Starling and Robin on the bird feeder. Photos by Danielle Bussell.

Welcoming Nature In

It’s exciting to see what new birds are daring to trust the space you’ve created for them. Keep reading to see how I’ve been encouraging them in and what I plan to do next :)

I love wildlife! I’m very lucky to have grown up with parents who love nature and moved us to the countryside while we were young. Back in my family home is Essex I was always seconds away from field after field. So, now  I’m back near the countryside, I want to bring that nature back to my little garden.

My first step to welcoming nature into my garden is putting up a bird feeder. I love watching birds come in and out of the garden.

Step One: Making sure your home is suitable for birds.

Back at my family home we have lots of cats. Now don’t get me wrong, I adore my cats (especially my beautiful girl Tonks!), but we all know they aren’t great for wild birds. There are a few cats in my estate, but I’ve kept an eye out for a couple of months and non of them come into my garden, so I was confident putting my bird feeder up wouldn’t be a problem. To be honest, the biggest thing you need to worry about with birds and cats is bird boxes, as fledglings are all too easy for cats to find before you do. So, don’t worry too much about bird feeders and cats, but definitely take it into consideration.

It’s also important to consider the positioning of your feeder. I decided I would put mine in the far corner of my garden so it wasn’t too close to the house so they wouldn’t feel intimidated, but also I wanted to position it near trees so the birds would have somewhere to hide and feel safe while they were getting used to the new food in their surroundings.

Step Two: Buying a good bird feeder.

There are lots of different types of bird feeders and it’s important to get the right one for you. At first I considered getting a bird table, but then I remembered that, not only do cats climb on them, if you live in an area prone to rats (mostly the city or rural countryside), they might also like to climb on a bird table.

I chose a bird feeding station. It looks really nice in the garden and has spaces to hang lots of enticing food for your bird friends. It also has a water bowl which I think it a great addition.

I got my bird feeder from Wilkinson  for £10.00 which I think was a great find! It’s really sturdy and, for those in windy areas, it survived storm Doris here in the UK so you know it’s good.  (For those wondering, yes I did put my bird feeder up for the day a storm hit… because I’m that kind of prepared!).

So here’s what my feeder looks like straight out of the box :) …

Bird Feeding Station. Photos by Danielle Bussell.

Bird Feeding Station. Photos by Danielle Bussell.

I also bought some bird food from Wilkinsons while I was on there and I have to say, the birds are loving it! Find out more below…

Step Three: Get the good stuff.

It’s best to get a variety of foods so you can cater to all birds, don’t limit yourself if you don’t have to!

You can see from the picture above that I bought suet balls (great in the UK as it’s still pretty cold out here so it’s helping to keep the birds plump and warm – £1.00), small bird feed (this contains dried meal worms, sunflower seeds, sunflower hearts, and corn, among many others – £2.00) and ground and table special mix (containing raisins, oats and seeds – £2.00).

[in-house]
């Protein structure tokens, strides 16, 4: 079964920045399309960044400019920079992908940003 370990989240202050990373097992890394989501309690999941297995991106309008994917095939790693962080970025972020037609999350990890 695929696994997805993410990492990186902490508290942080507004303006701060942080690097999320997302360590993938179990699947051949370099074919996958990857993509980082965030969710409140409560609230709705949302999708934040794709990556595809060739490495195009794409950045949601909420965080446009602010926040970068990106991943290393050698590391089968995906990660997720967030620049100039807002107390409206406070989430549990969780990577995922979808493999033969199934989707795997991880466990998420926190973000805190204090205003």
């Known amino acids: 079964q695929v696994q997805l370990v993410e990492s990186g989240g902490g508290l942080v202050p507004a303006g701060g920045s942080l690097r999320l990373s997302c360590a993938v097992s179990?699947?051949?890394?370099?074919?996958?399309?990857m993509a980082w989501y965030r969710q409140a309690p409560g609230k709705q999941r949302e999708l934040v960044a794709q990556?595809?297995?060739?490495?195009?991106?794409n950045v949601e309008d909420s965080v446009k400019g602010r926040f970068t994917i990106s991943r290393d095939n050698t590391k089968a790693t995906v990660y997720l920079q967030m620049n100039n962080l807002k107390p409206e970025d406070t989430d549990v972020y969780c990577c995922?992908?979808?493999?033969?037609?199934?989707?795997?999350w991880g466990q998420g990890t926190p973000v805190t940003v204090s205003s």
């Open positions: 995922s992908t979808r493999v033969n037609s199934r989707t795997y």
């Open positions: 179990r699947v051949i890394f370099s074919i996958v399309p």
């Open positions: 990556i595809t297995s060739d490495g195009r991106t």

I’ve been amazed at how much the birds have liked the oats and raisin mix. I’ve had to replace it every 2 days because it’s all been gone. From experience I knew the blackbirds would love the raisins as my Grandad has one super cheeky blackbird who sits on his window ledge until Grandad throws him out a handful of raisins.

My mum told me that she managed to make a friend in a robin by putting seeds in her hand and not looking at it for a few weeks, but apparently it preferred cake and biscuits. So yeah, birds love raisins and cake…

Full to the brim bird feeder. Photos by Danielle Bussell.

Full to the brim bird feeder. Photos by Danielle Bussell.

After my massive Wilkinsons shop I decided to visit the garden centre where I live to see if I could find a cheaper version to the feed I’d already bought as it is a weeee bit expensive for a small bag when the birds are eating it at such a quick rate. I managed to find a 12 kg bag of bird food (mostly corn, sunflower seeds and sunflower hearts) for £3.99 which is a great deal! Because I didn’t want to miss out on the raisin and oat love I’d created with my bird friends already I bought a couple of bags of Tesco value oats and raisins to mix in. I also bought a suet block which the starlings and blue tits are LOVING!  Word of warning though, don’t touch it, it’s super goopy.

So here’s a couple of pictures of the two birds I’ve managed to catch so far…

Starling and Robin on the bird feeder. Photos by Danielle Bussell.

Starling and Robin on the bird feeder. Photos by Danielle Bussell.

So all-in-all my nature experiment is going well. I am super excited to see what other birds I get as the year goes on.

My next wildlife mission is to create some bug homes in my garden and to get more plants and flowers to attract bees and butterflies .

I hope you found this post informative in some way, even if all I taught you was that robin’s like cake. Do you have anything you could add to this from your experience? If so let me know in the comments :)

Until next time!

 

 

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